Bal-tec™ Home Build C.M.M. Pretzel with Off the Shelf Parts
Is your Coordinate Measuring Machine software cooking the collected data, or is it giving you cool rational results? The first thing to look at in this evaluation is the input data itself. In spite of what some operating instructions suggest, three data points do not a feature define. The accuracy of both the character and the Cartesian position of a simple feature, improves steadily with up to about seventeen hits, so your first opportunity to improve evaluation is to take enough measurements.
Using an Ultra Precise but very simple Ball Bar, all of the Coordinate Measuring Machines basic geometry errors can be fully evaluated. A step standard or gage blocks can be used to evaluate the three or more basic scale errors. You may note, or even object to the absence of a laser being used for any of these evaluations. We feel strongly that a mechanical contact machine must be evaluated by making physical contact with physical calibration artifacts. If this is not done the meriod elastic deflections that always occur with physical contact, will not be factored into the evaluation.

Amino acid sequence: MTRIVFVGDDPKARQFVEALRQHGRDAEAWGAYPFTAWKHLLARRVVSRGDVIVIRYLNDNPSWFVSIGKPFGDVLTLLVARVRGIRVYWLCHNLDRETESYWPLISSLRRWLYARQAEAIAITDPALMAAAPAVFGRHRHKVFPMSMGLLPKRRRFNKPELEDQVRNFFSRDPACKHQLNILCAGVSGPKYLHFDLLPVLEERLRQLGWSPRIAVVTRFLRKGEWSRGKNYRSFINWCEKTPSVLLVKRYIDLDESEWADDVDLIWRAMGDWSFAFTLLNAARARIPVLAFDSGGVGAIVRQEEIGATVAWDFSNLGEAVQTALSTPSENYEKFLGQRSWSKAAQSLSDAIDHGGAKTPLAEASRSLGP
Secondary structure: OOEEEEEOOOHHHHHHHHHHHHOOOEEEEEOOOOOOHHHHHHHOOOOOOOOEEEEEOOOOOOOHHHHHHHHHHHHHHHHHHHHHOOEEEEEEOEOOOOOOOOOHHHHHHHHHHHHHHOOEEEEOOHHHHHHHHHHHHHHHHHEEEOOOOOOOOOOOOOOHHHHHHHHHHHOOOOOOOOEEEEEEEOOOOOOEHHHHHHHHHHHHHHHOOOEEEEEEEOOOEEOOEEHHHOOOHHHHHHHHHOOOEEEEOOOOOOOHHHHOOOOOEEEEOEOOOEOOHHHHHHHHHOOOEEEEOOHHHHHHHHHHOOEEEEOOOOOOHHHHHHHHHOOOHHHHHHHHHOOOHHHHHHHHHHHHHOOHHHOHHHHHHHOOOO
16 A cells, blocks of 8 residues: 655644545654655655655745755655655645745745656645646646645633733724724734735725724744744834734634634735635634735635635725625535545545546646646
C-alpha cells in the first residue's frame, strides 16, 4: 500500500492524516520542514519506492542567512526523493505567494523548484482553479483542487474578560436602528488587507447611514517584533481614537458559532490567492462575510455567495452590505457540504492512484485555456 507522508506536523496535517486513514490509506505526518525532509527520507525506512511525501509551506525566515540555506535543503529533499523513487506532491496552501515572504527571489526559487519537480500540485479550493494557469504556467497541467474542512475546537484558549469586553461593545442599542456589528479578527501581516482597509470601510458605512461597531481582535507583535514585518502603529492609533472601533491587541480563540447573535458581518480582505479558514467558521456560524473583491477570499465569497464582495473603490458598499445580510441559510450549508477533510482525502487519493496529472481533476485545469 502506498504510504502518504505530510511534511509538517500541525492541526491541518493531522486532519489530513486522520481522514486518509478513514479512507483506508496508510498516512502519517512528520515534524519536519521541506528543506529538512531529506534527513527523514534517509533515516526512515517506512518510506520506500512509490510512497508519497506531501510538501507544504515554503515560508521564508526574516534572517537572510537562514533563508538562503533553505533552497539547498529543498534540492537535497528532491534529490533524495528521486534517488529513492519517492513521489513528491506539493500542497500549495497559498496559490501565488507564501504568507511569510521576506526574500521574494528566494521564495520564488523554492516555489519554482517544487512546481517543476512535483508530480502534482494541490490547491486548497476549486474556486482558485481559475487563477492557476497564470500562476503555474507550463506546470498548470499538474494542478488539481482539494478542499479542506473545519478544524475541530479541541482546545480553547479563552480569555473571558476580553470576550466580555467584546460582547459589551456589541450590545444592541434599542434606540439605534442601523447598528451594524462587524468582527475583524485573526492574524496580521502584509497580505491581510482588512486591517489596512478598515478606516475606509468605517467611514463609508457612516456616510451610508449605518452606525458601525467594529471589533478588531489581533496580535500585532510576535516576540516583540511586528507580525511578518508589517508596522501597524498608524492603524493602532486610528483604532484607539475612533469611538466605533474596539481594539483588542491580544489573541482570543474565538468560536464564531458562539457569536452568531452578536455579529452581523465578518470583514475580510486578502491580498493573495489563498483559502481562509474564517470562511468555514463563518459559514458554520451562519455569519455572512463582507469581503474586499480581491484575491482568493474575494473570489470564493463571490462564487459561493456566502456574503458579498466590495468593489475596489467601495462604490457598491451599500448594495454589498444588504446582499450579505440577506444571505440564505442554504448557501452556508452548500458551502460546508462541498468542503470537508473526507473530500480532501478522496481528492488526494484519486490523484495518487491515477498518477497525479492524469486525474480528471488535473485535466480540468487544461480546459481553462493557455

Now that the basic properties of the machine have been evaluated the real world measuring problems begin. This is the measuring of all of the different geometries and their interrelationships, as a function of your machines ability to define them. What we are discussing here is a particular machines ability to accurately measure and for the onboard computer and software to interpret this broad variety of different measurements.
In the real world, holes are not round and they are not straight. Surfaces that are suppose to be flat are not. They are not square and they are not parallel to each other, as they should be either. Will a pin fit into a hole, or will a series of pins fit into a matching pattern of holes? Will contiguous surfaces mate as planed for? These are the problems of real world measurements.